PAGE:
There are ways to ethically represent both sides in a transaction, and with full disclosure and specifically not ‘leading’ or ‘persuading’ buyer and seller the job can be done honestly, openly, so that everyone is happy.

    As a general remark, where I can represent both sides I’ve found that I have a very high completion rate since I know what both sides are doing, versus transactions where I have to rely on input from another agent which may be unreliable. Many agents have given me b/s where they have a weak client, leading to dropouts, so I prefer to represent both sides wherever possible (not just for commission reasons).

    Pat Barry

  • RE_Insider

    And another email: I personally think dual agency is an ideal form of a real estate transaction. At this point the buyer and the seller have a common goal: make a sale.

    The way i have done these is by being completely honest and making it clear that I am here to assist both of them in getting to the finish line completely satisfied.

    I tell the Seller to be completely honest in his disclosures and the Buyer to be completely honest on his finances. Have direct contact with Buyers lender communication

    here is crucial….no surprises please.

    The price is negotiated thru the comps and settled with the appraisal. If they can’t agree on a price after looking at the comps and the condition of the home, then it’s not going to happen.

    Plus in a current Seller’s market Buyer has to move quick or get beat out. I’ve always said that a home’s price is validated in the open market. If no action in a week it’s too high, if alot of action then

    too low and if steady action then right on the money.

    I recommend Seller get home inspection and termite report before puts on the market. Make home as easy to buy as possible.

    I’ll take a Dual Agent transaction anytime! Plus I save the seller money by charging less commission for the transaction.

    Less ego’s to work with when only one agent in the deal.

    Al Chavarria

  • RE_Insider

    And another email: This should not be allowed. Do we allow a lawyer to represent both sides? It should not be allowed in real estate either.

    Charles Martines

    Lawyer /Broker

  • RE_Insider

    And another email: I am so happy that something is been done about it, I support this 300%. How could the same agent represent a client/buyer that it is trying to get the best property for the lowest price possible and at the same time represent a client/seller that it is trying to sale the property for the highest and best price possible. It does not make any sense to me.

    Thank you for the information that you bring to us.

    Juan Corzantes

    REALTOR®

    • Jeff Baker

      See above answer from RE Insider

  • RE_Insider

    And another email:I get what you’re saying, but, I have found it depends on the agent’s integrity, experience, attitude and ethics, don’t you?

    My clients have found when I handle both sides, things work out better, smoother for both sides. I explain & disclose that when I am representing both side, I am a facilitator for them. As long as each party is interested in being fair, a good ethical agent can make things a lot better for both principles.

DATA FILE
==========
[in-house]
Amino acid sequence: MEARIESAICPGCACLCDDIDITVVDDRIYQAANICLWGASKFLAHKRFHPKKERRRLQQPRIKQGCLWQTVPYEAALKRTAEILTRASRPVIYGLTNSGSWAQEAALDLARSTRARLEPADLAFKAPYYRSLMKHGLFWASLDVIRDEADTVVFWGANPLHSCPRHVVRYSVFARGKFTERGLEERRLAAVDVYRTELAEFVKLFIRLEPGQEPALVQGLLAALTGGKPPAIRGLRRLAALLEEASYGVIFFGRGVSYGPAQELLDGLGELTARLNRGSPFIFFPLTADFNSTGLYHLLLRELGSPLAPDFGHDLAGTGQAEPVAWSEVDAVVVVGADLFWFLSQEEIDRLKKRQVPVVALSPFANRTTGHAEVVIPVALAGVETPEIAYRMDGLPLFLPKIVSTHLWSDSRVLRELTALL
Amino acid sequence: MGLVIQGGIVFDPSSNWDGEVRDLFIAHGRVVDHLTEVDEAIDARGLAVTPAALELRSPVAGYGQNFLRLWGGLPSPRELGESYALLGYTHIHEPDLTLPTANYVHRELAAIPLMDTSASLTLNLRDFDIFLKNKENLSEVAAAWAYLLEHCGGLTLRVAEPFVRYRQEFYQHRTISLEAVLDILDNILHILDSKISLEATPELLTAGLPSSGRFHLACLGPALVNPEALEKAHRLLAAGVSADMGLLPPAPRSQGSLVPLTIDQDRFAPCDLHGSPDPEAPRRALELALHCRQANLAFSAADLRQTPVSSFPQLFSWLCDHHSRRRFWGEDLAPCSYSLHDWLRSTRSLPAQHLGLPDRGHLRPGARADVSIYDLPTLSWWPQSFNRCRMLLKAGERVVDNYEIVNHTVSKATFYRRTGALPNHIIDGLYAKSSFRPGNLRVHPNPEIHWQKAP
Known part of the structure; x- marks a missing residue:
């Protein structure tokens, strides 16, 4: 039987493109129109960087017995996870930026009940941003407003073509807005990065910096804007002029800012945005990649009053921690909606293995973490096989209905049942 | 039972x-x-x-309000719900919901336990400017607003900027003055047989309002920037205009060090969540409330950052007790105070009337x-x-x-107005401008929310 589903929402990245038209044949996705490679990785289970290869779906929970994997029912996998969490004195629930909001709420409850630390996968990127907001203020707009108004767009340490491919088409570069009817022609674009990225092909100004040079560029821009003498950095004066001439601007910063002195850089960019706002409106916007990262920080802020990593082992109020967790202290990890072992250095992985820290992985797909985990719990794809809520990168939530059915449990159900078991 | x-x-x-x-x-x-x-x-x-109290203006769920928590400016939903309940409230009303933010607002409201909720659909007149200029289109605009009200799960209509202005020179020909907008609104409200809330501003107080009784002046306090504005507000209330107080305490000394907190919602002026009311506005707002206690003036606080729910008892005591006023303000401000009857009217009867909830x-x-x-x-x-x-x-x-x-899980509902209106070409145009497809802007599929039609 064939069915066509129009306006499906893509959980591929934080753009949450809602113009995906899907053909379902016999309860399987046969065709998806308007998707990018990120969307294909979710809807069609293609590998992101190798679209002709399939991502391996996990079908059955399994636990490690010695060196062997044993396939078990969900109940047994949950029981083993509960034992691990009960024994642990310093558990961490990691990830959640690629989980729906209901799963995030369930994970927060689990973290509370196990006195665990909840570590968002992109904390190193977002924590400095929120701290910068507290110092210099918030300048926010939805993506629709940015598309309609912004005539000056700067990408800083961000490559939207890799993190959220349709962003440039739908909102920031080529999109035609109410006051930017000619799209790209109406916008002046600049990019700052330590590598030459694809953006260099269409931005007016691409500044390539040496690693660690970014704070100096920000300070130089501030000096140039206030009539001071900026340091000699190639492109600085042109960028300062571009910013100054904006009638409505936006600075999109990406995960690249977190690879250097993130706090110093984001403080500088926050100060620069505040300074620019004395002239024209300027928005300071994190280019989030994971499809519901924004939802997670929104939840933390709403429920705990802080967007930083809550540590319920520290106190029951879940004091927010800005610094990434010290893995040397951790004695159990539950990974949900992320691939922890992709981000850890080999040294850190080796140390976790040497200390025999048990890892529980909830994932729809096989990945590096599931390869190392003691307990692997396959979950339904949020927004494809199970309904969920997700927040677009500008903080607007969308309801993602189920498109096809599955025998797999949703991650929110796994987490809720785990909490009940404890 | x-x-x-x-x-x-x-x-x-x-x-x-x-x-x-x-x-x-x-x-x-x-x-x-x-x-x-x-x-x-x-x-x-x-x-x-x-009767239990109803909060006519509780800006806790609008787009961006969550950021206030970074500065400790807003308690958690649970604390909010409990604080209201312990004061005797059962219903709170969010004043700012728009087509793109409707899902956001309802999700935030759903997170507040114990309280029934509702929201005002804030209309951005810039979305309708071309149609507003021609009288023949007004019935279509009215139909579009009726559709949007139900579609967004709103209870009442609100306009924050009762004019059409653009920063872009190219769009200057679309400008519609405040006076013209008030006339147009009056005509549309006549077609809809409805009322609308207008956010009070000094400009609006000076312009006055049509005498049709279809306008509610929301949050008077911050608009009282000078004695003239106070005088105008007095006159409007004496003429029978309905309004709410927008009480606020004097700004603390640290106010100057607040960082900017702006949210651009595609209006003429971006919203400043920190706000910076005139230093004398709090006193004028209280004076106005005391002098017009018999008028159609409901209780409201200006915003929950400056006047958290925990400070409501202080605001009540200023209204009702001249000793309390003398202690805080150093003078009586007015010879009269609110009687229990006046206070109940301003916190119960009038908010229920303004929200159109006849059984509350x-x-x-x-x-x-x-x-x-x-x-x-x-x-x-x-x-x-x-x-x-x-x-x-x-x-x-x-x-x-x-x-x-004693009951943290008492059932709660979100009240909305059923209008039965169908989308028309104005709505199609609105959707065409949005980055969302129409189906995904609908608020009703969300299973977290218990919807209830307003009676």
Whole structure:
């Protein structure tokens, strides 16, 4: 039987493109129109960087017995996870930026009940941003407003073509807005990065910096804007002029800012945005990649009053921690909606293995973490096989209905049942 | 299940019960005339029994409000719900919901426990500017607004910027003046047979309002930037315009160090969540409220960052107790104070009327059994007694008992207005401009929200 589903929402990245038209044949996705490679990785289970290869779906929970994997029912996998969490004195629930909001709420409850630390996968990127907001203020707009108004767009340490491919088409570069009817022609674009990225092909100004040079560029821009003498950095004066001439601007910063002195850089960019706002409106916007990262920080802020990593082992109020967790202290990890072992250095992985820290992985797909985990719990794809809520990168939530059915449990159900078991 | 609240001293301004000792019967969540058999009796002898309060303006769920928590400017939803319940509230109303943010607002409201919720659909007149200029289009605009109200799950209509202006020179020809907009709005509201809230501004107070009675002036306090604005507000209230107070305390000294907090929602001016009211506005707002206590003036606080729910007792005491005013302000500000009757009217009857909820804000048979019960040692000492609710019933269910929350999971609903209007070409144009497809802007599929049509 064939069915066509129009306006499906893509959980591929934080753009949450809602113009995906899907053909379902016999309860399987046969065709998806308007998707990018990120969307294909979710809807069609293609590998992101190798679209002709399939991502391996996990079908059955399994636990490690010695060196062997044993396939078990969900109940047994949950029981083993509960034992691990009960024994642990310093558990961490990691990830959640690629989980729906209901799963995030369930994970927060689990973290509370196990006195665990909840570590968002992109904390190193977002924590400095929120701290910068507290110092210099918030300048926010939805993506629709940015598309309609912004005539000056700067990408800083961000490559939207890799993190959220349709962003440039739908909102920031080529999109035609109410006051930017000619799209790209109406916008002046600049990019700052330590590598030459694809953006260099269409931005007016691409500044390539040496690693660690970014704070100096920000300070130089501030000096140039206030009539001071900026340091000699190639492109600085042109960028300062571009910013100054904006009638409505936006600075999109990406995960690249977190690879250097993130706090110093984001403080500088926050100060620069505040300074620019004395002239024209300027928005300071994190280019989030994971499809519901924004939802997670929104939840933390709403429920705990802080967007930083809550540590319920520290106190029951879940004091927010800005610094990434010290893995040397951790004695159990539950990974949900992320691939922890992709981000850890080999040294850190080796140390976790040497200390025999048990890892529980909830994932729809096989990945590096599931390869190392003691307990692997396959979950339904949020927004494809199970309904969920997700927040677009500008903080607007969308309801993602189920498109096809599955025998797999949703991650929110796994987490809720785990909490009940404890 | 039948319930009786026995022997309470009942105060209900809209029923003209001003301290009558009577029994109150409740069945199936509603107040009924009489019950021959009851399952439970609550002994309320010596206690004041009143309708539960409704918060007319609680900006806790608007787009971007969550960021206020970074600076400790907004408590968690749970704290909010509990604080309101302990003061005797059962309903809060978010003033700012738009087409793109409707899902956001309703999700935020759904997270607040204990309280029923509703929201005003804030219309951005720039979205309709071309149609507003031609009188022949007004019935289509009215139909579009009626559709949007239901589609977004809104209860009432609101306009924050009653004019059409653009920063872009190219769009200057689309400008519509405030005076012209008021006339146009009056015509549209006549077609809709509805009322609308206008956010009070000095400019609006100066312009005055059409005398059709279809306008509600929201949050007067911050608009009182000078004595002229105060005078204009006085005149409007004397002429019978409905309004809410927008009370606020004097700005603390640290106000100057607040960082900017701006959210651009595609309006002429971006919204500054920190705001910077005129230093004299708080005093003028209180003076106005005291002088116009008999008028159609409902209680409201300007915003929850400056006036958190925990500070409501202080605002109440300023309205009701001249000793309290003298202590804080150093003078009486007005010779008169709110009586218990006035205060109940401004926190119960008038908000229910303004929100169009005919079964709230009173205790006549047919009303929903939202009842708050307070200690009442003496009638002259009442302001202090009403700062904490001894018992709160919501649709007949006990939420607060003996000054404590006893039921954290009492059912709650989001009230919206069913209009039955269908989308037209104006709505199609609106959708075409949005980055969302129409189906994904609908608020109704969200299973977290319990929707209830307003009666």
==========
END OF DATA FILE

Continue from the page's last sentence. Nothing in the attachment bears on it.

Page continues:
Thank you for the opportunity to share my experience.

  • RE_Insider

    And another email: I teach Real Estate classes for licensing and this is one of the main things that I teach is about Dual Agency. A lot of states do not allow it, but California does. I think if it is done properly that the listing agent should be able to do it but as an example I would say that the listing agent on a 6% listing should only be eligible for a 4% total commission to them. This would possibly reduce some of the larceny because of the big prize for double ending a large deal and make it fair to the seller. I have seen numerous times that an agent will put a sign up and not put it into the MLS because they are hoping to find a buyer so they can make double commission. This happens a lot with rural property that is not seen other than by potential buyers. This is not fair to agents that have possible buyers for that property.

    Jack Goforth, Owner JLG Training Services

  • RE_Insider

    And another email: Dual agency in normal real estate practice remains a “no brainer”.

    You have hired a brilliant attorney​.

    You have a lawsuit underway.

    You are in Superior Court.

    You are the Plaintiff.

    The Defendant (your opposition) also appears in court.

    The Defendant decided to hire the “same attorney” you hired.

    Now that attorney gets to dance back and forth from plaintiff to defendant

    and talk out of two sides of his mouth! Would the Court tolerate this performance.

    Absolutely not. Neither side could possibly be well (not to mention legally) served.

    So much for dual agency. There is very little difference.

    It remains a “no brainer.”

    Gary Marshall, M.A., Affiliate AIA/LA, Realtor

  • Walt

    Personally the dual agency is a viable asset. In many of my attempted sales they go nowhere as the other agents gets in the way of the sale and acts as if he/she is the owner and states I’m not taking that deal or I’m not letting my client take that less than the list price. However, me as the “intermediary” discloses all the information to both parties explaining to both buyer and seller, my job is to represent and present all the facts so that each party can arrive at their own decision. I do not make decisions for the clients, I provide all the financial calculations and present to both parties and I also provide all the disclosures so each party knows what their duties are.. I get 95% of my sales closed and both parties are happy. Walt

    • EdM

      I could not agree more!!!